2. Sand Pits. This pond was in the sandy area west of the Wepawaug Road and east of Baldwin Road. It was near the Wepawaug River but not part of it.  From 1946 to 1953 dump trucks would enter the area and fill up with sand from bulldozers.  The sand would then be taken to houses being built in Woodbridge (many homes were built at that time by such contractors as Berner Lohne) to backfill the foundations.  They created a large pond with sand cliffs on the sides.  Since it was in the woods, few people except in Southwest Woodbridge knew about it.  But the boys sure did.  It was about one and one half feet deep and was sizable.  There was very little free skating but a lot of hockey played there.  Those who played in the Sand Pit pond included:  Peter Smith, Edwin Hill, Mac Chatfield, Fred Collenburg, David and Richard Jeynes, Terry Vidal, James Angier.  Returning to the location in 1973 with my five-year old daughter, I found the water company had planted pine trees and leveled the ground.  There was no pond left.
  3. Knowlton’s Pond. This pond was created out of a high sandy hill on Baldwin Road. Again, trucks took sand from this location in the mid-1940s to backfill foundations.  It was not large but it was deep, five or six feet in spots.  It was used for swimming in May and June.  There was more free skating here and little hockey.  Children who skated here in the 1940’s and 1950’s were:  Edee Dahlin Lockyer, Shonnie Dahlin, Jane and Mimi Knowlton, Marilyn Meister, Pam Kaplan, Joanne, Barbara and Suzie Angier, and Barbara Smith, Robert Hitchcock, James Angier, Reed Kaplan and Richard Jeynes.
  4. Greenway Road Pond. As one drives south along Greenway Road on the left, one can see brush. Again, sand was trucked out of this location.  In the winter when there are no leaves, the pond can be seen.  It is surrounded by brush today but in the early 1940’s and 1950’s it was an open sand area.  It was about one and one-half to two feet deep.  Children who skated here in that era were:  Pam Kaplan, Carol Scavone, the Knowlton girls, the Meister girls and the Angier girls, Donald (Inky) Ingraham, Robert Hitchcock, Fred Koval and Reed Kaplan and many others.
  5. Pond on Rimmon Road. This was near the corner of Rimmon Road and Johnson Road. Relatively small, the pond was used primarily for free skating (not large enough for hockey).  The children who skated here were:  Nancy Sutfin and Louise Schaefer, Phil Arnold, Joseph Casner, Robert Howard, Bixby Hoyt, William Bakke, Hank Brown and Ricky Sutfin.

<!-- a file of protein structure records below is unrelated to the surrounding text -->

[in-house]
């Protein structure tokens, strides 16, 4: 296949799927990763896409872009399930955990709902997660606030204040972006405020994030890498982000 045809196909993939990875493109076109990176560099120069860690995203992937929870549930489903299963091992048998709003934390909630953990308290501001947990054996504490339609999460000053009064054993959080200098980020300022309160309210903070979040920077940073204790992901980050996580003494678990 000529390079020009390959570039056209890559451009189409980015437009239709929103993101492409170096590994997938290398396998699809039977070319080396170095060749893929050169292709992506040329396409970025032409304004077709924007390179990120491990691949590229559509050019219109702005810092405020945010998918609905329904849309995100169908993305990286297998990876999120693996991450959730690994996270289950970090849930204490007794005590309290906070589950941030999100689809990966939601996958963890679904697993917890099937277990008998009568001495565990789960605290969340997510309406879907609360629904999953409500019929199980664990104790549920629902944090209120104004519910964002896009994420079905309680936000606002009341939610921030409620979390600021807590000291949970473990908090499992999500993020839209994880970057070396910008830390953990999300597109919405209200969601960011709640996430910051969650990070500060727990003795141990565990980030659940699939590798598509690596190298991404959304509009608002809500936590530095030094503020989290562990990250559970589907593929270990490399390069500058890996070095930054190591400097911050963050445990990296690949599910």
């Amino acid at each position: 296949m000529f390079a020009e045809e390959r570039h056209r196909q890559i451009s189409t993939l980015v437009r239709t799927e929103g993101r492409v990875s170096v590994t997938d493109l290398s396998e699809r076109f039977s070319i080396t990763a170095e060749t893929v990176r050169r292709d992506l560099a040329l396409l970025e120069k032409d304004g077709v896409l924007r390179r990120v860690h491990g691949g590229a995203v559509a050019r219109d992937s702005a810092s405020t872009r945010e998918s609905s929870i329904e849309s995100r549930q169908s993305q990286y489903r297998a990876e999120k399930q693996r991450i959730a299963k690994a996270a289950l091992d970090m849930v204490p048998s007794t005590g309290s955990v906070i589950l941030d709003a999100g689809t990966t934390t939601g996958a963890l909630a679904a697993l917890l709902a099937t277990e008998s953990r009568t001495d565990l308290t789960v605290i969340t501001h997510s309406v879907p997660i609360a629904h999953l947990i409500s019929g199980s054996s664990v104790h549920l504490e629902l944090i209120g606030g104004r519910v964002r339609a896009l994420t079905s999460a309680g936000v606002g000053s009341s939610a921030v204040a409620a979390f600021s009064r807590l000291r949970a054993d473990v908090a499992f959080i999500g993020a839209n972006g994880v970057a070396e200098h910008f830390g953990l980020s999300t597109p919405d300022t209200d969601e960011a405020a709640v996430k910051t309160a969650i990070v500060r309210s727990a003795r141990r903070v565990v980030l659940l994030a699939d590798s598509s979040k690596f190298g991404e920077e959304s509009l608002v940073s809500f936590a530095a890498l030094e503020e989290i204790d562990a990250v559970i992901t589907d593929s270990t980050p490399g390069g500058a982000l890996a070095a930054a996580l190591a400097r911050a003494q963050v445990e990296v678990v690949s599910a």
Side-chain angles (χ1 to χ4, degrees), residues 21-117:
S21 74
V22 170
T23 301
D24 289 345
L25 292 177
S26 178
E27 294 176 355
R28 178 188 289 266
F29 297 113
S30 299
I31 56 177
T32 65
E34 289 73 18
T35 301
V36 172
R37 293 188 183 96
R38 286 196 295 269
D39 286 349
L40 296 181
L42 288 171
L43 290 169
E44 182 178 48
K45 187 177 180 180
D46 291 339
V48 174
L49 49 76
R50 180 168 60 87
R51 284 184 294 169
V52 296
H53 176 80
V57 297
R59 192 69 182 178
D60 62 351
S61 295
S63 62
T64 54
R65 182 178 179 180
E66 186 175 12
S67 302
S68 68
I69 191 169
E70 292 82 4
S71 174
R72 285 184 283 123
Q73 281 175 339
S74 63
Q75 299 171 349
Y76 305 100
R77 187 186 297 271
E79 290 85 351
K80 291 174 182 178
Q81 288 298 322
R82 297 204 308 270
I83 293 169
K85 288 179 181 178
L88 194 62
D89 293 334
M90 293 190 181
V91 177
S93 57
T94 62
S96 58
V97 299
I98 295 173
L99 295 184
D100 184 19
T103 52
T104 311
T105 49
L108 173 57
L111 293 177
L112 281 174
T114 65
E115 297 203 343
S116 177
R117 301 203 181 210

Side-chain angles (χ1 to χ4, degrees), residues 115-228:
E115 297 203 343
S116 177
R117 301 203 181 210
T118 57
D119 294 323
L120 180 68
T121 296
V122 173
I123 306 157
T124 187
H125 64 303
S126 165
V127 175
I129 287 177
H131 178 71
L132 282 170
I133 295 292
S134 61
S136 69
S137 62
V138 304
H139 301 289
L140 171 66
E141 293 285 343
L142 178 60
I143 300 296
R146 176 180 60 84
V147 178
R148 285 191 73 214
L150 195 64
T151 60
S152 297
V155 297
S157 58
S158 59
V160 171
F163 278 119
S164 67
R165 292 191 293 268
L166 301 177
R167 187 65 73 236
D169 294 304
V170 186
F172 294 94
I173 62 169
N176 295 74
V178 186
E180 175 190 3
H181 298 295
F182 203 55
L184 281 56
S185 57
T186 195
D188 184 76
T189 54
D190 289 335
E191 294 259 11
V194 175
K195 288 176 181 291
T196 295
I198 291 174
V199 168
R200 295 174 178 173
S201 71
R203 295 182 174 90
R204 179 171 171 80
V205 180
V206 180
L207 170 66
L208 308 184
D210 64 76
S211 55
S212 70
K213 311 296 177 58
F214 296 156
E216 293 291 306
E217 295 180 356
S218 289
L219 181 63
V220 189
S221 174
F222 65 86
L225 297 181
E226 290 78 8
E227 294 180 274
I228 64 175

6. Ostrander’s Pond. Located off of Litchfield Turnpike, this pond was made by Mr. Robert Ostrander by damming the West River behind his home. Thus, it was used ty the Ostranders and all neighbors.  It was used for swimming in the late spring and summer.  It was deep at the location near the dam (perhaps 5 or 6 feet deep).   Children who skated here were:  Barbara Ostrander, Kathy Bishop Gartland, Eunice (Dusty) Gustafson Bergmann, Penny Langeler Rogers, Lois Richie and Barbara Smith, James and William Ostrander, Andrew Bishop, Ricky and Stephen Sewall, Chris and Tony Doob, Fred Collenburg and Richard Jeynes.

These ponds certainly were not the only skating ponds in town, but they were prominent and youth would often ask each other where they were skating after school that particular day.  They would also communicate and figure out what pond was going to be used on Saturday and Sunday.

I point out changes in not only Woodbridge culture, but culture in general over the last fifty years.  A number of the ponds mentioned were on private property.  We ponder how families sixty or seventy years ago welcomed their neighbors skating on their ponds.  There was no fear of a lawsuit or to my knowledge none were ever served.  I do remember injuries, but the youth went home (or was helped home) and that was the end of it.  Frankly, today people probably would not allow large numbers skating on their venue without insurance.  I suppose this is necessary in today’s world, but a touch of innocence and true close comradeship might have left us.

Richard Jeynes is a graduate of Amity High School and a lifelong resident of Woodbridge.  Always interested in Woodbridge history, he was a history teacher in Milford for 41 years.  He participated in all athletic facilities in Woodbridge in the 1940’s and 1950’s and was elected to the Amity Athletic Hall of Fame in 2002 and the Southern Connecticut Diamond Club Hall of Fame in 2016.

If you have any old photos of skating ponds in Woodbridge, AWHS would love to have a copy. Please e-mail info@woodbridgehistory.org or call 203 314 2979.